So you shouldn't do that to yourself. You need to give yourself the freedom to move in and out of deals based on what the market dictates to you. You can't dictate the market and what's going to happen. Now, we've got many stories of where people ask of us hard money, and you know what we've done in all these years and 30 years of buying RV parks. You know how many we've done with hard money? And the answer is none because we don't like the idea. We don't think it's a fair request for the seller to make to you as the buyer and say, oh, well, you know, even though you don't know anything about the property, and I do, and even though you have no control over the banking industry, I'm gonna make you risk your hard-earned money just to have the shot at it.

We don't think that's a fair way to go. We think that basically the seller is in a much more powerful position than the buyer, and therefore, it's not fair of the seller who knows at all to make the buyer bear all of the risk. But there's other problems with hard money even beyond that because when you have hard money on the loan, the message it sends to the seller is that you now have this hurdle and that is going to go ahead and alter your mental state on whether to cancel or not. And they know that. So if I had $15,000 up in hard money on a deal, and I will go through my due diligence and I go through my financing, and things aren't exactly as I hoped they might've been, am I gonna cancel and walk that $15,000? Maybe not. Maybe I'll say, well, I don't really like the deal that much, but I'm gonna go forward anyway and buy it.

And that is a terrible thing to do. We all have gut instincts deep inside of our brain telling us what to do in life. This is some of all of our lessons learned throughout our lifetime. And when you start swaying that, blackmailing that, dangling the carrot or the club, that money that you put up, that's going to definitely help make you come to bad decisions. You're gonna be tainting your decision making ability. And that's what that hard money does, is it puts you in the unfair position of making decisions that are partly based on the factual beliefs you have and partly on your fear of losing money. Now, if you felt for some deal that is a once in a lifetime thing, you just have to do it, then I guess you could do some hard earnest money. But I would urge you to make it incredibly small, make it small enough that you can lose that money and still be happy.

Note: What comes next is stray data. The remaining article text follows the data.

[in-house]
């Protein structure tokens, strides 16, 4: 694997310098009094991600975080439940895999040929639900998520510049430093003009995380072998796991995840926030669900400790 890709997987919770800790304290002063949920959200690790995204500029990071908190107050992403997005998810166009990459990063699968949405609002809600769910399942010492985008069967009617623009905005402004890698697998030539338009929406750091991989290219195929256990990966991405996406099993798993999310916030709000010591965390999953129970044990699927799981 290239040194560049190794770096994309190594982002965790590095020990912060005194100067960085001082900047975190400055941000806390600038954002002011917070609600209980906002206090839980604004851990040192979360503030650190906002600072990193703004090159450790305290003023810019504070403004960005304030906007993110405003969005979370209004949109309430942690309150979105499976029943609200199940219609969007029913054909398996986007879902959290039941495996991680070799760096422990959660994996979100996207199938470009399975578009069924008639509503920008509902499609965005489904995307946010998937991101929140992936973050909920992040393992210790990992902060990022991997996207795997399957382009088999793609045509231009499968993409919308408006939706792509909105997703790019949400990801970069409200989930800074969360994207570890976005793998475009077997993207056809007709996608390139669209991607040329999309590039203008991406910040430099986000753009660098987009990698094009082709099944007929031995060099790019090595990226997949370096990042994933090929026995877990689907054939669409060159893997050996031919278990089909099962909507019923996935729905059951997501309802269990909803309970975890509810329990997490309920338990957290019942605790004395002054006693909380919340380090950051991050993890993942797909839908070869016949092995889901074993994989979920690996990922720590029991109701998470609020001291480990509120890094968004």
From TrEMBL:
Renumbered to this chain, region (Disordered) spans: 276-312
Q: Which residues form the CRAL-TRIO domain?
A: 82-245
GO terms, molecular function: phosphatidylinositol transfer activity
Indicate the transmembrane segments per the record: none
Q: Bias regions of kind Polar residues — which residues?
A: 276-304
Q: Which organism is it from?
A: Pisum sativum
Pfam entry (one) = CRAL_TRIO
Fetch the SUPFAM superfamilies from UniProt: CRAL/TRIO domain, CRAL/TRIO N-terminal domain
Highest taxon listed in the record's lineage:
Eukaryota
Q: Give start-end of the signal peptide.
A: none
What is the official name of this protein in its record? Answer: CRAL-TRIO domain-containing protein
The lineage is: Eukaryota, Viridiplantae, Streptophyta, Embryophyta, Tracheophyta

You would never put up a huge amount that you might find financially crippling or that might mentally make you sad till the end of your life, because that's just not a very healthy balance to do. But there are some deals that pop up from time to time that you believe cannot be replaced, once in a lifetime opportunities. And if all that was holding you back from tying that once in a lifetime opportunity up was putting up $5,000 of non-refundable money, then I guess it might make sense to you. But unless the amount is very, very small, and unless you can happily move forward with your life after losing it, I don't think I would because it's going to potentially change your decision making and get you into a bad deal. And that's not a fair position for you to ever be in. The whole point of earnest money, in fact, is simply to give liquidated damages to the seller in the event that you don't close.

But only after you've looked at the property in full. It's not fair for them to want you to put up money as though you've looked at the property on the front end. They don't need liquidated damages at that point. If I tap up your property for a few months and ponder whether to buy it or not, have I really harmed you? No, I haven't harmed you at all. You're still operating, bringing in the revenue, paying the cost, and keeping the difference, keeping the net income. So you don't need any kind of special liquidation settlement amount. That's only there in cases that the person plows through due diligence and financing and says, Hey, I'm gonna buy it. And then ties the seller up for a period of time where they can't move forward to do anything with it or sell it or finance it or anything.

And then at that point, if they don't close on it and they've burned through several months and legal costs and closing costs, then it would be appropriate for them to have some kind of surrender cash to reimburse them, but not when you're simply buying it on the front end. Again, the decision's up to you and a seller wants you to do that, that hard money, that non-refundable earnest money. Whether or not you want to take the bait on that or not, but in general, the best decision is probably to pass. This is Frank Rolfe, the RV Park Mastery Podcast. Hope you enjoyed this. Talk to you again soon.